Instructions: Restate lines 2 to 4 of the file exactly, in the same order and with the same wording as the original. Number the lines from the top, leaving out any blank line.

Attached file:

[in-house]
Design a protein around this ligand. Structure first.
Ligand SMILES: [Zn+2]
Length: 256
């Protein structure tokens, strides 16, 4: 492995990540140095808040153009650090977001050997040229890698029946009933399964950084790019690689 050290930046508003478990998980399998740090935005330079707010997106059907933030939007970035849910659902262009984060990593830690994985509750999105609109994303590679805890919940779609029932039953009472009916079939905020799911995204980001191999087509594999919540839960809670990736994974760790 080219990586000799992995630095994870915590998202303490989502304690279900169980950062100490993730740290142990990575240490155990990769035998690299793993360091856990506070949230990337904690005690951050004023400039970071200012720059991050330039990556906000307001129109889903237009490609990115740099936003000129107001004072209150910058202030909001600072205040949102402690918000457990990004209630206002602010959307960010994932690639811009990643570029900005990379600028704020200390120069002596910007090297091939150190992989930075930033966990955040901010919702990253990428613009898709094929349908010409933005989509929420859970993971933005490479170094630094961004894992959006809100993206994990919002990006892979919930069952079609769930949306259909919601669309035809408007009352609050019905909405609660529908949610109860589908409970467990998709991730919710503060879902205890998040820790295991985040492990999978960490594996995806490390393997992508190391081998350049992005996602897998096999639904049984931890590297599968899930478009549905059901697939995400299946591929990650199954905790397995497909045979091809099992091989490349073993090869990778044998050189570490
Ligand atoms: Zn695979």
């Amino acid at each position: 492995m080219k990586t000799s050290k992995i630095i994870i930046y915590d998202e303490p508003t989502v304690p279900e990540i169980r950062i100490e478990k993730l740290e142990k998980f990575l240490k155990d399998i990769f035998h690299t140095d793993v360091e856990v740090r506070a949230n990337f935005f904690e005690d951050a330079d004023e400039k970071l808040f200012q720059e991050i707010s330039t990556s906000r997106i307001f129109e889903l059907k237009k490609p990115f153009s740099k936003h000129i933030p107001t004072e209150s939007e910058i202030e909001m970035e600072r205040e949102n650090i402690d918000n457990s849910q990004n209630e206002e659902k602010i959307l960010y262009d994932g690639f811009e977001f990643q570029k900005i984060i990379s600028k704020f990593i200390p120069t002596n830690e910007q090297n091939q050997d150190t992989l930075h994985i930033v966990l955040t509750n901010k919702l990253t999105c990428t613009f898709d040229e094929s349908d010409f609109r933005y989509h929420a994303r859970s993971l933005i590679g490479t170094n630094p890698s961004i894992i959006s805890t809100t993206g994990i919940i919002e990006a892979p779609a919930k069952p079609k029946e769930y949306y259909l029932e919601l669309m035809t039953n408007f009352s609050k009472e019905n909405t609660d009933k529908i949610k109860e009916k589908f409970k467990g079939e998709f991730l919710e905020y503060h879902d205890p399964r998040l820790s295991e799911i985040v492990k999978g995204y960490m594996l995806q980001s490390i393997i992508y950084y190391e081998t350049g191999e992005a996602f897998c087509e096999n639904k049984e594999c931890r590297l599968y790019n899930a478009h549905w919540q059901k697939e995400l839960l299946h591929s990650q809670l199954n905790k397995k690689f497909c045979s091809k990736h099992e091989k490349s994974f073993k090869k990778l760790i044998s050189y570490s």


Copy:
Design a protein around this ligand. Structure first.
Ligand SMILES: [Zn+2]
Length: 256